This is not just a film, it is my fight, a personal dream: Fatima Khatun

Fatima, a powerful documentary on human trafficking - rescue and rehabilitation of trafficked sex workers - was screened at IFFI 53 Goa.

ByIFP Bureau

Updated 28 Nov 2022, 6:44 am

(Photo: PIB)
(Photo: PIB)

Fatima, a revealing and empowering documentary by Sourabh Kanti Datta on the rescue and rehabilitation of trafficked sex workers in India was screened at the International Film Festival of India (IFFI-53).

The 59-minute-long film tells the story of Fatima Khatun, married to a pimp at nine years, a mother at age 12, and how the indomitable Fatima fights to emancipate girls trafficked into the red-light areas of Forbesganj in the Indo-Nepal border area.

Speaking at an “IFFI Table Talks” session , a visibly emotional Fatima Khatun fought back her tears as she talks about her tale of betrayal by near and dear ones at a tender age.

“I feel teary-eyed from being helpless, being dejected and being without love, but have to hold back my tears just to keep up the morale of girls I am trying to rescue,” she said.


Fatima narrated her endeavours to find the inner strength to carry the fight against inter-generational prostitution and pimping of girls in her nomadic community, one that was formerly branded as criminals under the 1871 Criminal Tribes Act.

She gave details of her escape from the red-light area in 2007, and the persistent battle since then to rescue the girls trafficked there.

“My struggle is against the system and deeply entrenched nexus of pimps, family members and corrupt officials that keeps the practice alive in the region”, Fatima said.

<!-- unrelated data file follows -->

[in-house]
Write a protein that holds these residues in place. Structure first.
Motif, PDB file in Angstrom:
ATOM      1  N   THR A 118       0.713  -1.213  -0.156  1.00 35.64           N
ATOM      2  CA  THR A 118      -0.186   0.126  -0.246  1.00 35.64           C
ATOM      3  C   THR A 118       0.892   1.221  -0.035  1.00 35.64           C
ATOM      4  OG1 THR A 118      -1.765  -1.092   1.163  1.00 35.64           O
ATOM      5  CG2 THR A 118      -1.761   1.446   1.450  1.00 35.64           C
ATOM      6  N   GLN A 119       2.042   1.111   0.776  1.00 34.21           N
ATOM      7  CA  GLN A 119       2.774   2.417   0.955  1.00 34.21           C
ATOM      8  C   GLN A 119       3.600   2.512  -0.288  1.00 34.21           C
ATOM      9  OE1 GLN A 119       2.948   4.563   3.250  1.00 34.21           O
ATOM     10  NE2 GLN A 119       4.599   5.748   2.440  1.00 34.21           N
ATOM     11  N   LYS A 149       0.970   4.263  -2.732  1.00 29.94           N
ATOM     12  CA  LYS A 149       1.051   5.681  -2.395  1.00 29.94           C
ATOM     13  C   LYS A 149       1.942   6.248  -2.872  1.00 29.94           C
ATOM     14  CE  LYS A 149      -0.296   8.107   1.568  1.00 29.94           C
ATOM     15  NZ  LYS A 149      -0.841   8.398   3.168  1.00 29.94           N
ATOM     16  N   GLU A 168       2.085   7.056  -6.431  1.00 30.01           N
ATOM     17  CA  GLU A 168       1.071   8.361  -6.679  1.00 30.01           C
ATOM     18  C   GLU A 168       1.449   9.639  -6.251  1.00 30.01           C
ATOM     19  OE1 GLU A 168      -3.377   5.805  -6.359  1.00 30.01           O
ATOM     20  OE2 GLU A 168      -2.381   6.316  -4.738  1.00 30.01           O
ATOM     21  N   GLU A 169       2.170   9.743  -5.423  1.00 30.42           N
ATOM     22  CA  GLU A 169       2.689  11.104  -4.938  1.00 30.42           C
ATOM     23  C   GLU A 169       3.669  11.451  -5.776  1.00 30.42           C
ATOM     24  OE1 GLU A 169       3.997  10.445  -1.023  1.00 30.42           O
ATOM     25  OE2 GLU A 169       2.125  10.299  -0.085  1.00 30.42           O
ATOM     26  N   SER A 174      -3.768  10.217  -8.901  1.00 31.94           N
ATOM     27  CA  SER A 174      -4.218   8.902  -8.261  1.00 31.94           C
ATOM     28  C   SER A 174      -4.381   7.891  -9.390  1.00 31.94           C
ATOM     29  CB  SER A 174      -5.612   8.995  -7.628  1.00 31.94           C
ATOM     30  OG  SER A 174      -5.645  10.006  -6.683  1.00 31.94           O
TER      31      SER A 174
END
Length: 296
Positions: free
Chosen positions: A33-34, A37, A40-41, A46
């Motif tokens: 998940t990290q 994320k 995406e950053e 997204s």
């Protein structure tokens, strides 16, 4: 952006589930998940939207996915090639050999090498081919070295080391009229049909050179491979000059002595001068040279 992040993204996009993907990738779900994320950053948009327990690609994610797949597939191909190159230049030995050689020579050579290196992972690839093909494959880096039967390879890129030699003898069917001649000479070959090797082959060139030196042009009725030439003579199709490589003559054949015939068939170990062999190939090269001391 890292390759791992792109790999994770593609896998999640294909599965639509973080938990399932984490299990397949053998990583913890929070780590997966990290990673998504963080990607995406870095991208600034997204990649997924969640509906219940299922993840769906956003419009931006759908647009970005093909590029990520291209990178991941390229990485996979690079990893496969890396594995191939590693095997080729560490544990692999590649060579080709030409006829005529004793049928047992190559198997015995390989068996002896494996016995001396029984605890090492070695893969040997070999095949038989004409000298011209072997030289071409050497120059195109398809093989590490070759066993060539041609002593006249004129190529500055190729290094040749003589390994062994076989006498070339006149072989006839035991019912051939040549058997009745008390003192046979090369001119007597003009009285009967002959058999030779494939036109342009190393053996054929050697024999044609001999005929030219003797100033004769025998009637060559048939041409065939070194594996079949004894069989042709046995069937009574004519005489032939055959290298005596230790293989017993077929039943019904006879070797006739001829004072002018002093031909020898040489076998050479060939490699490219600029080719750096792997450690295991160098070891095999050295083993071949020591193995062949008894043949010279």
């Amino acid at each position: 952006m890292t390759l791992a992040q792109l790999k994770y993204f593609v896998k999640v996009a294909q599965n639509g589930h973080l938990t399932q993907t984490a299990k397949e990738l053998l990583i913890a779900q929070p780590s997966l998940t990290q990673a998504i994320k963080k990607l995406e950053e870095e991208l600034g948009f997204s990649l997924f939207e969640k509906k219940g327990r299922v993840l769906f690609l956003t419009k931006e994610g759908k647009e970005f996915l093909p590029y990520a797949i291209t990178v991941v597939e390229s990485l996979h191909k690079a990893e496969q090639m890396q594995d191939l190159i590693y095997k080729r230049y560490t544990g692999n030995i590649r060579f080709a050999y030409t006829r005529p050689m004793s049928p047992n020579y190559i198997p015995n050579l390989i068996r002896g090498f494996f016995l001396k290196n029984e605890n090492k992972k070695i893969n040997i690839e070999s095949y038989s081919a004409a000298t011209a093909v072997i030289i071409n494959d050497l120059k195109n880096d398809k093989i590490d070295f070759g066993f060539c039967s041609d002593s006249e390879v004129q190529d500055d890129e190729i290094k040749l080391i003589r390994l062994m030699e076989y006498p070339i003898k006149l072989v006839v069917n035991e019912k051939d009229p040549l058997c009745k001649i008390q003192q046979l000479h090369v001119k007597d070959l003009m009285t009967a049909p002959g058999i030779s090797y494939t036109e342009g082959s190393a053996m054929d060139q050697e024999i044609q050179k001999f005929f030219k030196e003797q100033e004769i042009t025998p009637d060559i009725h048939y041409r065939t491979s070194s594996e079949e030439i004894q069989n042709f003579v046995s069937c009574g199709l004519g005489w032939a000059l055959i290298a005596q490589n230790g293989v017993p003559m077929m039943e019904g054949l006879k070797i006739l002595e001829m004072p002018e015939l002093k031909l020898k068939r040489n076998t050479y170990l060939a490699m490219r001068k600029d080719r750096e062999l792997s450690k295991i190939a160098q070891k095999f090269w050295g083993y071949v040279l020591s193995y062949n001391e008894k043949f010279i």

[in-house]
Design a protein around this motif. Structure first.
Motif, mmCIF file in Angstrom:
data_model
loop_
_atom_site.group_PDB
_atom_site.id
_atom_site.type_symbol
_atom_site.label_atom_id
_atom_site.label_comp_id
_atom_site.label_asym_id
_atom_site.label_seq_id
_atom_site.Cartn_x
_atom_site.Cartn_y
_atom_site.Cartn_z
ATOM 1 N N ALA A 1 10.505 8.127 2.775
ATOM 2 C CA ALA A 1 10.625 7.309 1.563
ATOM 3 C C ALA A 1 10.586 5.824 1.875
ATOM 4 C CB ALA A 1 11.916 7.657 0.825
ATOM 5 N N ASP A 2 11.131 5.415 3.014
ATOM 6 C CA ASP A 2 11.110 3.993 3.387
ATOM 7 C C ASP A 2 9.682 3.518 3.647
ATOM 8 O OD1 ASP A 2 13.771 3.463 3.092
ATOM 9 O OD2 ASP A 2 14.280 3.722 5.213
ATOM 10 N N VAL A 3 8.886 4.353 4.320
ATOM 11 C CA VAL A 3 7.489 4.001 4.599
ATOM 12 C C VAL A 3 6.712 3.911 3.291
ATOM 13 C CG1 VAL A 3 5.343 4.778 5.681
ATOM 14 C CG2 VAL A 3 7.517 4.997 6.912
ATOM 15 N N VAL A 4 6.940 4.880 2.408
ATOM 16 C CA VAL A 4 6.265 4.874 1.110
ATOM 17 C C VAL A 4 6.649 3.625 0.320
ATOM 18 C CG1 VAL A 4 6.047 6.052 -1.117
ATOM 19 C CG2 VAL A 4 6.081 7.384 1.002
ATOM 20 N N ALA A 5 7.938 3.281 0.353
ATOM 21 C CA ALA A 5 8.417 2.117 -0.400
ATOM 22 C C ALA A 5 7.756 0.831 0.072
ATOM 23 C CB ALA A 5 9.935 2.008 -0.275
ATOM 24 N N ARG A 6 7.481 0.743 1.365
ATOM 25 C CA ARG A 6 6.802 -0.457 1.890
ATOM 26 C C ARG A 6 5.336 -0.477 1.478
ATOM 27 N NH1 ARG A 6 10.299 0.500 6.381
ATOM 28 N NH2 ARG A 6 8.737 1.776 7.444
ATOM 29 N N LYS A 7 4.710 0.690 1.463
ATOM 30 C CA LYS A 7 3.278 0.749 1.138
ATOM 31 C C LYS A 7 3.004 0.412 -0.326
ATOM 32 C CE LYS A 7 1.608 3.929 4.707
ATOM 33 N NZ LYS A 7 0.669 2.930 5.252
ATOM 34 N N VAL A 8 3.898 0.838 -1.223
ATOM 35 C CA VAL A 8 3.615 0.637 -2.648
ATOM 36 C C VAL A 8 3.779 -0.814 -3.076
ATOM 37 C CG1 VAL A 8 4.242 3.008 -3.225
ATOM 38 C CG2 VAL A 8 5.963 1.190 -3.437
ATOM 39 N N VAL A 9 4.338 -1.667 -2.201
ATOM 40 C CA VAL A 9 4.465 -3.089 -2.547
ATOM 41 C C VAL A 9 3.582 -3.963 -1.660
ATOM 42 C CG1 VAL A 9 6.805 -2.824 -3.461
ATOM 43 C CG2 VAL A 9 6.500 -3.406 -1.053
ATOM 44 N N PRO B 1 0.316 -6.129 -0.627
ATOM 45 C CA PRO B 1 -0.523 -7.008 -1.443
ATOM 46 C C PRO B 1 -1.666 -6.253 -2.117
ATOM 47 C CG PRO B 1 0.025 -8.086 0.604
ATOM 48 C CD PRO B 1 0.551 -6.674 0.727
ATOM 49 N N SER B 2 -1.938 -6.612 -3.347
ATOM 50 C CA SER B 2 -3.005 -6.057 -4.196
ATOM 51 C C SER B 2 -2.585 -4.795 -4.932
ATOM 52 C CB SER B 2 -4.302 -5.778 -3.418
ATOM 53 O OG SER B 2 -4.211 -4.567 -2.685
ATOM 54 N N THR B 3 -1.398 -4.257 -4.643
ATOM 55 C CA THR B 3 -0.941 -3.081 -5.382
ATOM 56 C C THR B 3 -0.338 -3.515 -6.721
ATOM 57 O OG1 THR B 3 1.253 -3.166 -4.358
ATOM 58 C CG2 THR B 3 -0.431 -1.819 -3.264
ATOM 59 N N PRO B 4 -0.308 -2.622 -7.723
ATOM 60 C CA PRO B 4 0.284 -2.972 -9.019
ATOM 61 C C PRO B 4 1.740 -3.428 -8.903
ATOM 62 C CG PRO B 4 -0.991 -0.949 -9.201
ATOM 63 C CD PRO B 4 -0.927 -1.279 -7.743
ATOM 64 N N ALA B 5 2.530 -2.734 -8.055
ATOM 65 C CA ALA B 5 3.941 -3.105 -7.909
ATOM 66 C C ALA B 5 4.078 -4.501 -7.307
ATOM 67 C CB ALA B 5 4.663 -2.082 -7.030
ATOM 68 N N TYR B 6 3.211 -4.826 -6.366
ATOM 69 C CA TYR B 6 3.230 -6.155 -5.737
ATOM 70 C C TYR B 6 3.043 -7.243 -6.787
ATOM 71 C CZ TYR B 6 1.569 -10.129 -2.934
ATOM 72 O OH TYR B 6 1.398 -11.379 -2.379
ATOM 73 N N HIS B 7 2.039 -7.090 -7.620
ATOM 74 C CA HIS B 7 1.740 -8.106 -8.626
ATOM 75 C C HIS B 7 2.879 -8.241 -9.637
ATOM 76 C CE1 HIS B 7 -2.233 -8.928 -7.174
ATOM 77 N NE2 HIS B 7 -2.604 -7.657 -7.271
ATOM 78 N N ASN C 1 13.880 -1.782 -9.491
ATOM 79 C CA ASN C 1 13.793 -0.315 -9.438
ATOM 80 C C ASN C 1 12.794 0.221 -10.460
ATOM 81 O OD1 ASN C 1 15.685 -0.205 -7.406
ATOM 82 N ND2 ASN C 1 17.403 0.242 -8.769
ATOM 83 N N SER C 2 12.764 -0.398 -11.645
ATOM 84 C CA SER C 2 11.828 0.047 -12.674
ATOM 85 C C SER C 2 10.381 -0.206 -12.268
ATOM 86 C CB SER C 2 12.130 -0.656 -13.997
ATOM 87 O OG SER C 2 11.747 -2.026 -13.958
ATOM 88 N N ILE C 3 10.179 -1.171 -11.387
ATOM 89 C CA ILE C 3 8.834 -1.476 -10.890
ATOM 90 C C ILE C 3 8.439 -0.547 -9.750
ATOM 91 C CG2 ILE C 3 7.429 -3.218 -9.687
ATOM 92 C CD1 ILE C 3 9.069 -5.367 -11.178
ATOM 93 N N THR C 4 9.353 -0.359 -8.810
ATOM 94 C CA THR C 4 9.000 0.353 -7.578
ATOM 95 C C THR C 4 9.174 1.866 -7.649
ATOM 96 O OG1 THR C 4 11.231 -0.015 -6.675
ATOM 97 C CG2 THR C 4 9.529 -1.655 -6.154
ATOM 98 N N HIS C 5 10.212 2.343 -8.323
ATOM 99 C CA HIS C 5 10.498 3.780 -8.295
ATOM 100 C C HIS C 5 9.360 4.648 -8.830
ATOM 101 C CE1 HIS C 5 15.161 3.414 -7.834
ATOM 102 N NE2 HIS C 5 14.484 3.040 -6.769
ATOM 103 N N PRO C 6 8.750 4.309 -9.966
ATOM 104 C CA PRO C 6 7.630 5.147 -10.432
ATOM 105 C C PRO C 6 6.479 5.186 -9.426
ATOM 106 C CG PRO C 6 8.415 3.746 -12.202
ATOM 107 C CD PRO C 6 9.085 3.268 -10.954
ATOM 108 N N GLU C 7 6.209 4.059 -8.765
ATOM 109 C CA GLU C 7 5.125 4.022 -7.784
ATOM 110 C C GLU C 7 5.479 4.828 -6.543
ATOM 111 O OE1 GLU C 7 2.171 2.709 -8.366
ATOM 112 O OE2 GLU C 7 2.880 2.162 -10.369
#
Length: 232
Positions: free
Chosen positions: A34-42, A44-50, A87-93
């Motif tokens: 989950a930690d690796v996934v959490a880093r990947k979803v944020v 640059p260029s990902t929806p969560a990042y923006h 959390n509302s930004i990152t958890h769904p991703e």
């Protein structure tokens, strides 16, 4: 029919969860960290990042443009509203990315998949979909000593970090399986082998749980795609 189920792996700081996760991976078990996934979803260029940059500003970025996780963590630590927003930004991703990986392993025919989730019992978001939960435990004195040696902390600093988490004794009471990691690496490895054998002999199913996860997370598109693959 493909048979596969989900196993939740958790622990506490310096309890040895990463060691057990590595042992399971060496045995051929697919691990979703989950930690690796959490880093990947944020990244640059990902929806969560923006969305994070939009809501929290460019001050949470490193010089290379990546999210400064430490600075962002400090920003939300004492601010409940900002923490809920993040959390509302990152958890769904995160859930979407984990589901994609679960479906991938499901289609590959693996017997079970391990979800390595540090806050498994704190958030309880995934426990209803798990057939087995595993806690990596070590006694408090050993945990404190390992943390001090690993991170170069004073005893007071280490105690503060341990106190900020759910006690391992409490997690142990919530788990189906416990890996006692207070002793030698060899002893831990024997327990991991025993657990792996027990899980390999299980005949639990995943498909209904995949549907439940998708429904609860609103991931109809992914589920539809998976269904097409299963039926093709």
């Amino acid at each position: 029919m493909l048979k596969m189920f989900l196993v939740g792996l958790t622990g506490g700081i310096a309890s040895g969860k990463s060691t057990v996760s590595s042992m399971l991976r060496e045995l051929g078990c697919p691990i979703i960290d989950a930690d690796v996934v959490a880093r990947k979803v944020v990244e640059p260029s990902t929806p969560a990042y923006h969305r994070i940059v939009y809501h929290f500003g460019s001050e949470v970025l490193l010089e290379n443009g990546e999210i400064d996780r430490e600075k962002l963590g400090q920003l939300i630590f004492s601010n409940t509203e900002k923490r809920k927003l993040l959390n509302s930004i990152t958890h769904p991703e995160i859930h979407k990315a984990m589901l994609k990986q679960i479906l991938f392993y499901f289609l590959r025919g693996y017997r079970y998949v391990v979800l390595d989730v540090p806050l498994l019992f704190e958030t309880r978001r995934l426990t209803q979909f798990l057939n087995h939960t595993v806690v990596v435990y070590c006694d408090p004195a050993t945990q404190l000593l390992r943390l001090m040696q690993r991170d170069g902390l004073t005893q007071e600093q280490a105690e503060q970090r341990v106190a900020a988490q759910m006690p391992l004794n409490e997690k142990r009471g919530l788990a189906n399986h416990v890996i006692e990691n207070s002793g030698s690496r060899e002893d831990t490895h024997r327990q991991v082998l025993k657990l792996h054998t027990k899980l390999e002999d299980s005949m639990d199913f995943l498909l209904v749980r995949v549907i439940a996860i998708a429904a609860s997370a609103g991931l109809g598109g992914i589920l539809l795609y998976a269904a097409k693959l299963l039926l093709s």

The tireless conditioning of mothers with help from NGOs was key in enabling them to act as shields, protecting their daughters from such an inhuman crime, she said.

“I have to raise alarm with the police & administration, and often I take the first hit during many raids. Yet I feel satisfied that the girls I rescued – some HIV+ patients, cancer survivors – are now leading respectable lives, working in the professions of their choice and supporting families,” she added.

Director Sourabh Kanti Datta spoke of losing 1.5 years during the lockdown and the added costs, but was happy that his film could make it to a platform like IFFI.


“I did not hire an actor because then it would become a drama based on true events – not a documentary which I wanted to make”, Sourabh said.

Unlike courts or police stations, power equations in front of a camera are different, and Fatima has shown exemplary courage to narrate her story on camera, he added.

“I am grateful to Fatima for being my window to that world”, Sourabh said, expressing hope that those in important positions in the legal and political circles would see their film and strengthen the efforts of activists like Fatima,

The director and actor expressed gratitude to many NGOs and media for coming up with ideas and leads on the subject.

“I feel satisfied to have empowered many girls to make their own life choices – and thank the media for the support they have shown,” Fatima said. (PIB)


First published:


documentaryhuman traffickingIFFI 53sex workersfatima khatunSourabh Kanti Datta

IFP Bureau

IFP Bureau

IMPHAL, Manipur


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